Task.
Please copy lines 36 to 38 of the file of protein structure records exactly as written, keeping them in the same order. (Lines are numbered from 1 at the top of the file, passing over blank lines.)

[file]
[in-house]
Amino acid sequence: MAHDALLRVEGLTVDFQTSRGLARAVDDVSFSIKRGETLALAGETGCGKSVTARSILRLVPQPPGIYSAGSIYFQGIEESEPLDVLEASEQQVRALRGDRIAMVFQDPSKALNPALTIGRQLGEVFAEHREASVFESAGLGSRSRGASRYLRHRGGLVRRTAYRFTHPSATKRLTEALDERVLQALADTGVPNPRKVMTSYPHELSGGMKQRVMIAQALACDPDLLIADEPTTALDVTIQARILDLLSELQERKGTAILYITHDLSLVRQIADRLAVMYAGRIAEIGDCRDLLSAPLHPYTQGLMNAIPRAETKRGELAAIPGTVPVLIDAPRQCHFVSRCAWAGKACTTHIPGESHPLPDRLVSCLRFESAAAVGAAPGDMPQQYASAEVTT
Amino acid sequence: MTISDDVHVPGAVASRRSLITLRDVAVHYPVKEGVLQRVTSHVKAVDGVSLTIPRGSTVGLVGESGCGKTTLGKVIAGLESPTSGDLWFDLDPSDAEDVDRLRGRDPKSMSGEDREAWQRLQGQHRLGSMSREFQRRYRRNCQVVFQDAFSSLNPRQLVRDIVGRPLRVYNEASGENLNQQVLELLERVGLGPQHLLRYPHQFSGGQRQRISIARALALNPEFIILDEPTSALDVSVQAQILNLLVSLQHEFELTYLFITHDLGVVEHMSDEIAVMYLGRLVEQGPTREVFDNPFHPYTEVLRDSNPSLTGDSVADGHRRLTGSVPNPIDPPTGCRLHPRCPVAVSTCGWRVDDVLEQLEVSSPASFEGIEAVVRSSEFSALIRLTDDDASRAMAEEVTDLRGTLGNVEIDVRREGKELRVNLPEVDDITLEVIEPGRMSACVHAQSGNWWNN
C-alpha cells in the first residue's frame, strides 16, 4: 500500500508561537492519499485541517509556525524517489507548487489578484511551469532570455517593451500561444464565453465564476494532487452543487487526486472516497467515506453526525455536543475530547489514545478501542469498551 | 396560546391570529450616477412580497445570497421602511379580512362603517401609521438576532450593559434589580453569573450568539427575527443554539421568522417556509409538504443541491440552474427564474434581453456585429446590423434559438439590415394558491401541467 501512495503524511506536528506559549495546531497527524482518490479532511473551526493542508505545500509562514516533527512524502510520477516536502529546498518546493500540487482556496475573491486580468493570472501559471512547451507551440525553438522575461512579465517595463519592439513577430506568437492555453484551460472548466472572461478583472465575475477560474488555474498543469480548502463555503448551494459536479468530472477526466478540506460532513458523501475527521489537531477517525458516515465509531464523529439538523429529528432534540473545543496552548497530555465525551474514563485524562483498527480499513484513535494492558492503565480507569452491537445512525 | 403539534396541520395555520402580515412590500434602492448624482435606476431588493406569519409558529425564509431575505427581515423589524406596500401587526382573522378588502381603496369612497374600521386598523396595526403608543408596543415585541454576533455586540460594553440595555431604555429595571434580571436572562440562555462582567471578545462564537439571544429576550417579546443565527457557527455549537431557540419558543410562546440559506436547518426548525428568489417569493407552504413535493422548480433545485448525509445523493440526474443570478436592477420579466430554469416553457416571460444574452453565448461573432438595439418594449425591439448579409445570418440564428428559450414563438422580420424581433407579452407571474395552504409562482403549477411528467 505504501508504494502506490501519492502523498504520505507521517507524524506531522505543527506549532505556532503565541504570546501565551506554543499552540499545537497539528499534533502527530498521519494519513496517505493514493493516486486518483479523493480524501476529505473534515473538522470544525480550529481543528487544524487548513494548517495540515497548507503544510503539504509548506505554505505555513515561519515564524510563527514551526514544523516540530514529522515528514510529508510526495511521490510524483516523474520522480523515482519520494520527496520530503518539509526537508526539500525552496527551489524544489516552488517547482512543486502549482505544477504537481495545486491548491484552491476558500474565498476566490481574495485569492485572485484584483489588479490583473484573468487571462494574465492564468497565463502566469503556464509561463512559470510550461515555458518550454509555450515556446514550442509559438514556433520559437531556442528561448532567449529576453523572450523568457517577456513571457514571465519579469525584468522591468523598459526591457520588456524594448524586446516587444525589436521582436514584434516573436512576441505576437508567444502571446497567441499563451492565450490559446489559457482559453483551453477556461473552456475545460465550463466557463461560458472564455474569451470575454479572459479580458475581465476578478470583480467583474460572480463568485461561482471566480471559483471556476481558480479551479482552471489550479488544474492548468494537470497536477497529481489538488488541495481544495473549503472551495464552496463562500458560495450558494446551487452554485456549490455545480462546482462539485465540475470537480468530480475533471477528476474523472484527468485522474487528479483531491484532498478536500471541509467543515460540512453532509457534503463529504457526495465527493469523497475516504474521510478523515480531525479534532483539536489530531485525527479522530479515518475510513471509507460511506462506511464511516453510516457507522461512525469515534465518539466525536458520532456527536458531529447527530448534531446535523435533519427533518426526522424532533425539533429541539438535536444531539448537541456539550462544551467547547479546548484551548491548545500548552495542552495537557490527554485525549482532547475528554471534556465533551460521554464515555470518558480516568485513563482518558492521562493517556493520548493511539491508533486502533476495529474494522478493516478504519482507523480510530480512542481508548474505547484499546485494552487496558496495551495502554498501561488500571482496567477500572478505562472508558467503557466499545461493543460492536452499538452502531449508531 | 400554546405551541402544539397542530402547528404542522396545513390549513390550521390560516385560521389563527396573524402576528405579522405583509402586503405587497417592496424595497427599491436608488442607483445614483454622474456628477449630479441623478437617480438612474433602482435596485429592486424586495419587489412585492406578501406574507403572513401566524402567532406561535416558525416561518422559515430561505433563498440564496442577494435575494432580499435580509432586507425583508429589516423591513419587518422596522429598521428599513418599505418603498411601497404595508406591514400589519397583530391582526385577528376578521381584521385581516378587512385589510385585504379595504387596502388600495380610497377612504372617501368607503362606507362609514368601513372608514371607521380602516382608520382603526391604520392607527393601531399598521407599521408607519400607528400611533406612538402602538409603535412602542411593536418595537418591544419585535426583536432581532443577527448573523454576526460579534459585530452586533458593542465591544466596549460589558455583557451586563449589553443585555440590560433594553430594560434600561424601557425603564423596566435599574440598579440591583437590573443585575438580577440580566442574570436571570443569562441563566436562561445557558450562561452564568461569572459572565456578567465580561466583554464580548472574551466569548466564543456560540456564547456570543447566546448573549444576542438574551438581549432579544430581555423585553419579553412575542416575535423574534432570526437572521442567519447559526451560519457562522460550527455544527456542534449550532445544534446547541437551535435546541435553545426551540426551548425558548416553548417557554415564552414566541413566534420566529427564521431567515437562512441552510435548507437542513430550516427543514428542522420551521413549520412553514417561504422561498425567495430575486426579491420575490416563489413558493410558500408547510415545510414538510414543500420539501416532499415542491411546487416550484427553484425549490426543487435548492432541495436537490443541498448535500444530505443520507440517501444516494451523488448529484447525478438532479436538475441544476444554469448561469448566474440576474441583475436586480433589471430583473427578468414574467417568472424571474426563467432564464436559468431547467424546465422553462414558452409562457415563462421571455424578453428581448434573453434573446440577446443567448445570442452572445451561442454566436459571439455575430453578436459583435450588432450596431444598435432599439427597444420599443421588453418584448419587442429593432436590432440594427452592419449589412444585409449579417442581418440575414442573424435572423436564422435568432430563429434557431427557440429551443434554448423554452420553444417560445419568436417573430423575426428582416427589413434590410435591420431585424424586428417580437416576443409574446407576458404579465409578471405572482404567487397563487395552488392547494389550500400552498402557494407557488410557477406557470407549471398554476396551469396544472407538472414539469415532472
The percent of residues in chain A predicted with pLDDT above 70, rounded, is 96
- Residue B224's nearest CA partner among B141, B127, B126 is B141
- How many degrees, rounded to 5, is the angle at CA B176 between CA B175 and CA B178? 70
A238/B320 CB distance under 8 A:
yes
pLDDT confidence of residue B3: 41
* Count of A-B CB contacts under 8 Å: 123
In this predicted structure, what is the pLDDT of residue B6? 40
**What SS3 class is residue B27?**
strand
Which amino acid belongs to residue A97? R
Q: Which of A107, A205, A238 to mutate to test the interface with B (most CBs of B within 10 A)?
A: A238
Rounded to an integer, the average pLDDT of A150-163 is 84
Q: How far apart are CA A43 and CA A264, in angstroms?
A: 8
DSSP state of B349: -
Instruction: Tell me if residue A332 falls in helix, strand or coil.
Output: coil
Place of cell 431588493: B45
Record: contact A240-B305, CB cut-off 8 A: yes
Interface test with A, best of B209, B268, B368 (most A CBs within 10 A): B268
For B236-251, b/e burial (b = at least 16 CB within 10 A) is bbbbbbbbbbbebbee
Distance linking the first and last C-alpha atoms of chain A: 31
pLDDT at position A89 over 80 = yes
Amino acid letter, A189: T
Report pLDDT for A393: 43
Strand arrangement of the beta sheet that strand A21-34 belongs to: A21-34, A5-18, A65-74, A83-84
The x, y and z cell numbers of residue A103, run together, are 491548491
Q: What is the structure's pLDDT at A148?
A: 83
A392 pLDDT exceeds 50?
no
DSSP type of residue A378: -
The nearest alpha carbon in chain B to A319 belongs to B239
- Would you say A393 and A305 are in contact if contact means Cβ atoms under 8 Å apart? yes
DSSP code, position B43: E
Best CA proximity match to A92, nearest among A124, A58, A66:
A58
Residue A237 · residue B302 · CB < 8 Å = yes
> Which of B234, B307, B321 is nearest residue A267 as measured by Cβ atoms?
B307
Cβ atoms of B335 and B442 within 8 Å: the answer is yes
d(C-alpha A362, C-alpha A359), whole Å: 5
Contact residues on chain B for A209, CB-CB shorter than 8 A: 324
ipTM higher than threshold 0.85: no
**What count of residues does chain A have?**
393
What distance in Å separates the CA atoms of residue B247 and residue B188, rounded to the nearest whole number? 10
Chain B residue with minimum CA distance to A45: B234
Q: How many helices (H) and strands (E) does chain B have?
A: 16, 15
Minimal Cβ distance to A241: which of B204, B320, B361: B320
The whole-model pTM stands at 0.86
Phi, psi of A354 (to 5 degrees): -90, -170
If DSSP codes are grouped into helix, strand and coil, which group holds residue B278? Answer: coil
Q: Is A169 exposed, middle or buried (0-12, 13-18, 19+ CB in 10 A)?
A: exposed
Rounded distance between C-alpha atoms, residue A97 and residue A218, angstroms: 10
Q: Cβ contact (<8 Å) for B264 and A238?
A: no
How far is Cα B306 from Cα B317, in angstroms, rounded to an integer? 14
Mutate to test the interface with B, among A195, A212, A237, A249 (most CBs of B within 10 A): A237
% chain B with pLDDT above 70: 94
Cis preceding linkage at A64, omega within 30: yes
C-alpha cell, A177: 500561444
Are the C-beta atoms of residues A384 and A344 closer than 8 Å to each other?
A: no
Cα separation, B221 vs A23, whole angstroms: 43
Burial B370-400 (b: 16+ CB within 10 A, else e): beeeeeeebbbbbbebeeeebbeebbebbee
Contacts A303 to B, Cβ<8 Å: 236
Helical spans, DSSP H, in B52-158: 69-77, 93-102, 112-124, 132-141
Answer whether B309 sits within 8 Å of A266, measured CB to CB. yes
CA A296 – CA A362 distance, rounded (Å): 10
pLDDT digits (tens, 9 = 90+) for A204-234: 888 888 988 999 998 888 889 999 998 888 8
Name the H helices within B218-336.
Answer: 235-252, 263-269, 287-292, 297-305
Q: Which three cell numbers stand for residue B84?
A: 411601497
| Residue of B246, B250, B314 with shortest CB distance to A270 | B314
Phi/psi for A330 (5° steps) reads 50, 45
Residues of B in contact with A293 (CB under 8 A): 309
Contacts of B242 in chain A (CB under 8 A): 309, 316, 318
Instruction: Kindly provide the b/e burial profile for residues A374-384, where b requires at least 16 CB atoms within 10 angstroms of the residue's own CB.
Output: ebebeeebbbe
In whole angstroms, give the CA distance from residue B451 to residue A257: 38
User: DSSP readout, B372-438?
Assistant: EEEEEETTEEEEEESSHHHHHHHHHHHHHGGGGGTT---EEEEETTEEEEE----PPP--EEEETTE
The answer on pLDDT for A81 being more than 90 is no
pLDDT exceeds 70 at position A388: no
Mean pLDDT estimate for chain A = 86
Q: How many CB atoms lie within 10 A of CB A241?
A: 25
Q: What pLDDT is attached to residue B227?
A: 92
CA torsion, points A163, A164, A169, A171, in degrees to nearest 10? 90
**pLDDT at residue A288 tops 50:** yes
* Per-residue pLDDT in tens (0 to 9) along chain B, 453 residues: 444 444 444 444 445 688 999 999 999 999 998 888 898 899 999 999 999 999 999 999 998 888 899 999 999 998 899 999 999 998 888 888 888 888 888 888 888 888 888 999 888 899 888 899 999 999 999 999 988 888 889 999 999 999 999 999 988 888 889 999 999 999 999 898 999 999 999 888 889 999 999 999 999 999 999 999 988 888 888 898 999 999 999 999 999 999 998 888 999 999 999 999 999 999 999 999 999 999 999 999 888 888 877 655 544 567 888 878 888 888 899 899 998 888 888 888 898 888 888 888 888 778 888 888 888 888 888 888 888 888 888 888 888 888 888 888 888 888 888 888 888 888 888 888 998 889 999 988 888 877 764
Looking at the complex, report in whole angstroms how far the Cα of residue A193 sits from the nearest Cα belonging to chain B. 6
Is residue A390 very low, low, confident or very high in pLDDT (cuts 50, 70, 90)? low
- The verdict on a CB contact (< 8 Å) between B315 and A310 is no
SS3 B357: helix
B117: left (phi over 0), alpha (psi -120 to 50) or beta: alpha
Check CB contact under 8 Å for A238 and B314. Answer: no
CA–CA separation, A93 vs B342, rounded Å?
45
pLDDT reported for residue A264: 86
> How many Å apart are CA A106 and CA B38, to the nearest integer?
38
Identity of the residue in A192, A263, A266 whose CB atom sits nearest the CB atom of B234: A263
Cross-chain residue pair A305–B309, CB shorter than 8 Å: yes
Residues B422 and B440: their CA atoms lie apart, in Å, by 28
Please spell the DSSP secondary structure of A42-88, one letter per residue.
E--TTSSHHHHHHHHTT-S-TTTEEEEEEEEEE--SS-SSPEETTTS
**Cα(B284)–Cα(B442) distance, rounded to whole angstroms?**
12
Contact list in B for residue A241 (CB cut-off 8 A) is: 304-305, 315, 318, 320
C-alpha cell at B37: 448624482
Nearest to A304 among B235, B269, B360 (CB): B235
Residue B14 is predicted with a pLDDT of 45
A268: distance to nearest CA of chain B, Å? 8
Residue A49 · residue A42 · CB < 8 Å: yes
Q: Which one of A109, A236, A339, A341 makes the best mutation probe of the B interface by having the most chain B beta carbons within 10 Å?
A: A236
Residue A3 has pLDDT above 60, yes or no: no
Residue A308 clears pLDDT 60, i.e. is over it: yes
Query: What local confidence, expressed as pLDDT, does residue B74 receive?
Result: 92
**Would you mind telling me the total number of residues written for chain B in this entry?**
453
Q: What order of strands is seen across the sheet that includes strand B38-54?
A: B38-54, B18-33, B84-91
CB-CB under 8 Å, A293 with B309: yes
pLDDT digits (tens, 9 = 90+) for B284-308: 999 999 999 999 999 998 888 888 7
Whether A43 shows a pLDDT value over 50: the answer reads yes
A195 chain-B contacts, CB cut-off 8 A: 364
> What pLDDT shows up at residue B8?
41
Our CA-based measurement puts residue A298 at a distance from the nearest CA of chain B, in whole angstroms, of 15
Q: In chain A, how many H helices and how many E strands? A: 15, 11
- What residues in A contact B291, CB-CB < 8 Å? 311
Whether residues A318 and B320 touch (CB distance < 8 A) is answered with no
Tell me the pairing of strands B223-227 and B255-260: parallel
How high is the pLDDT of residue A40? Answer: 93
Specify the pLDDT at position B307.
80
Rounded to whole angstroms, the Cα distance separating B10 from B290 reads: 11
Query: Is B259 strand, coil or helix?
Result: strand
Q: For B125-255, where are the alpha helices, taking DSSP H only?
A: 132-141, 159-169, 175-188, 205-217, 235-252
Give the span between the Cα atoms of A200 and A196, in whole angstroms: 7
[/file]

A392 pLDDT exceeds 50?
no
DSSP type of residue A378: -